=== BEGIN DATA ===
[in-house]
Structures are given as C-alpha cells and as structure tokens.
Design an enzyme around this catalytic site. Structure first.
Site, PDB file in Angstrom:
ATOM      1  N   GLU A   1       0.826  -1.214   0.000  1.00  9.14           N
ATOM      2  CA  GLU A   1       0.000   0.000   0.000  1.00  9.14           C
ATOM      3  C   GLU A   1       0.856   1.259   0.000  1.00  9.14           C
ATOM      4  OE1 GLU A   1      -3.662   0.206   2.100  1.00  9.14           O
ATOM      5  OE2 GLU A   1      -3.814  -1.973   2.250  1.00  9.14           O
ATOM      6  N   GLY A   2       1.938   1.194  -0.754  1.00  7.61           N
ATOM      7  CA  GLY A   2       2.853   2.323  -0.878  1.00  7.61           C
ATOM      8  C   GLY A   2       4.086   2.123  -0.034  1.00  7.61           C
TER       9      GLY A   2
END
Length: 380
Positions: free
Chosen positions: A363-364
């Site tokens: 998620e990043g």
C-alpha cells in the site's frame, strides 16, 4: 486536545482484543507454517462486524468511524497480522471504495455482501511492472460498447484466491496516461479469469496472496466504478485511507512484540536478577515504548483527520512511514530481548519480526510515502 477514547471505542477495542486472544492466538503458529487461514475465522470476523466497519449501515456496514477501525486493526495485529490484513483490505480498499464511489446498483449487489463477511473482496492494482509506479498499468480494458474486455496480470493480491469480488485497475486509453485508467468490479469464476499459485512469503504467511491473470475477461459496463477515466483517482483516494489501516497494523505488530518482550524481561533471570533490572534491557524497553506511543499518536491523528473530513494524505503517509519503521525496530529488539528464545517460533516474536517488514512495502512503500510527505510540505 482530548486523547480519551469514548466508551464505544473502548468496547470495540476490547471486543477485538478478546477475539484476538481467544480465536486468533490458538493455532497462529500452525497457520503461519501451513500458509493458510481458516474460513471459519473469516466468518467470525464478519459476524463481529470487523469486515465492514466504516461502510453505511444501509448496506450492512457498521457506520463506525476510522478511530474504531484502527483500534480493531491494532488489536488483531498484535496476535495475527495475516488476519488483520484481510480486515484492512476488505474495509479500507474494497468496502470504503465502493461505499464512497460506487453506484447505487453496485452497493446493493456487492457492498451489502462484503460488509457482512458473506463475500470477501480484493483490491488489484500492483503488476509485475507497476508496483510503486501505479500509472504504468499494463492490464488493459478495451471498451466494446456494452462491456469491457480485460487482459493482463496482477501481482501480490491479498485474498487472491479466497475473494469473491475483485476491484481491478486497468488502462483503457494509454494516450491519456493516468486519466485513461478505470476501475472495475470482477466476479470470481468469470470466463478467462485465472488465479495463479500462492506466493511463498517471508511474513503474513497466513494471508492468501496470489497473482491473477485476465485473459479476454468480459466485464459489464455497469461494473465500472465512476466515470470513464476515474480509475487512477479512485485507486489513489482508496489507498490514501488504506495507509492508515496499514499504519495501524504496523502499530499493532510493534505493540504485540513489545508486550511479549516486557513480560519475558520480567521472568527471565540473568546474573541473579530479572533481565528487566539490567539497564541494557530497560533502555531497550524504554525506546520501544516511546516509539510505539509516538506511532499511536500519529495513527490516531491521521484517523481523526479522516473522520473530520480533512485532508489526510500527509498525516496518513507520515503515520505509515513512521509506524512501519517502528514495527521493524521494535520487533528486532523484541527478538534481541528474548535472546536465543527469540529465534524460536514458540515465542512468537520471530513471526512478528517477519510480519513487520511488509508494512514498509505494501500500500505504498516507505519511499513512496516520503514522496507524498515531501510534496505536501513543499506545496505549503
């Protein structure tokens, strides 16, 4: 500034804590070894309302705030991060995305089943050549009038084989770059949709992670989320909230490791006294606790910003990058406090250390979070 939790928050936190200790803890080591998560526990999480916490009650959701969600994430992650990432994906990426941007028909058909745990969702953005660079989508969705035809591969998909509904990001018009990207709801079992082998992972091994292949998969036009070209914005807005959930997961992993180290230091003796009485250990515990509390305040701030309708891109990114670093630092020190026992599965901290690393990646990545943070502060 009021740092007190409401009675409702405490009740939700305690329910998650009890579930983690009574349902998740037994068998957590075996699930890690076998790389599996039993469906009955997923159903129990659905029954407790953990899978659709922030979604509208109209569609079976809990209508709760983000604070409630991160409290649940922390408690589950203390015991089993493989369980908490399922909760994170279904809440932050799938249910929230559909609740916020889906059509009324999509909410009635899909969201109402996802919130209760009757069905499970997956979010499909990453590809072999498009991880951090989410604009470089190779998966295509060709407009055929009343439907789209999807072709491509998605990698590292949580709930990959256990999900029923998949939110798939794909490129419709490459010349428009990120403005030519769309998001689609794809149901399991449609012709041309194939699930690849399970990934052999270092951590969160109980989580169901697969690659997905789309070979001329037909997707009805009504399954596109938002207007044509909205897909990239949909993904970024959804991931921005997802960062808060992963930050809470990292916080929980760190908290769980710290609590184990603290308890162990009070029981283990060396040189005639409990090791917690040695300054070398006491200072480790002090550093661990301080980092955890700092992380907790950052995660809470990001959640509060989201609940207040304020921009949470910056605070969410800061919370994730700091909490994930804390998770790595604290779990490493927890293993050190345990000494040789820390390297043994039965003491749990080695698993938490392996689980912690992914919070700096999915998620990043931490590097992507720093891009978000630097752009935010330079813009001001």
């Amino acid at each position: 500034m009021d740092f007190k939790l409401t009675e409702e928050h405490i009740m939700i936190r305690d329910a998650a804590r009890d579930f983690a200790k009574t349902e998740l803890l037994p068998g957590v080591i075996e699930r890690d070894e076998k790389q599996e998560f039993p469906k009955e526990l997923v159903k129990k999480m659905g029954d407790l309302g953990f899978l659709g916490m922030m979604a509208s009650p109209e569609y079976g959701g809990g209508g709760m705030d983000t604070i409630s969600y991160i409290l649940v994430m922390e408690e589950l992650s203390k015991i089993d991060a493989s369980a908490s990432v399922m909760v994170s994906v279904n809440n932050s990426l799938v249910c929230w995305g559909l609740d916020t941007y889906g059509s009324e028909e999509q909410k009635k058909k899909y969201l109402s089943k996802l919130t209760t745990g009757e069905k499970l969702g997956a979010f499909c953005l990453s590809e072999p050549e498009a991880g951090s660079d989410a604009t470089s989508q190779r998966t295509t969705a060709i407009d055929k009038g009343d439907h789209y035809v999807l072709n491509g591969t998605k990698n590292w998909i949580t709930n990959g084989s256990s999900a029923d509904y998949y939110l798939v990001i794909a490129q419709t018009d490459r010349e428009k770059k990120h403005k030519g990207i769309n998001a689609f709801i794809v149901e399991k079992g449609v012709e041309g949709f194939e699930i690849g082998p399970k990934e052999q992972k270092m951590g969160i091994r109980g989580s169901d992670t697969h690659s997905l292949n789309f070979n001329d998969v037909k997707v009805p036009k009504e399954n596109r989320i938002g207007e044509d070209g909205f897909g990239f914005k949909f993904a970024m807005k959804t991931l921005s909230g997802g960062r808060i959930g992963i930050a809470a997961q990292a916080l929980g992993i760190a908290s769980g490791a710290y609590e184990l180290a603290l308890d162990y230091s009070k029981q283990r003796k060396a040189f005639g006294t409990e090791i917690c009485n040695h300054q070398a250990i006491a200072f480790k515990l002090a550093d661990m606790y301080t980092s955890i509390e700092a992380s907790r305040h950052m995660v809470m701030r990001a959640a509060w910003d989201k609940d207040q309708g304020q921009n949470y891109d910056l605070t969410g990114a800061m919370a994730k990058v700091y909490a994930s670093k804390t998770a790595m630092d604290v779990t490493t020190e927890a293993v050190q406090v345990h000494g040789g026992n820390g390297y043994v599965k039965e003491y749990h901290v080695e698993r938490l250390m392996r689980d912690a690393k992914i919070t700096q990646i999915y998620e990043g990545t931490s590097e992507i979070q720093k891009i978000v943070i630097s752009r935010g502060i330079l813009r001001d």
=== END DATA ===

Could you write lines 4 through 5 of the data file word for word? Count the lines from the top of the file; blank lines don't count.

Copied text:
Site, PDB file in Angstrom:
ATOM      1  N   GLU A   1       0.826  -1.214   0.000  1.00  9.14           N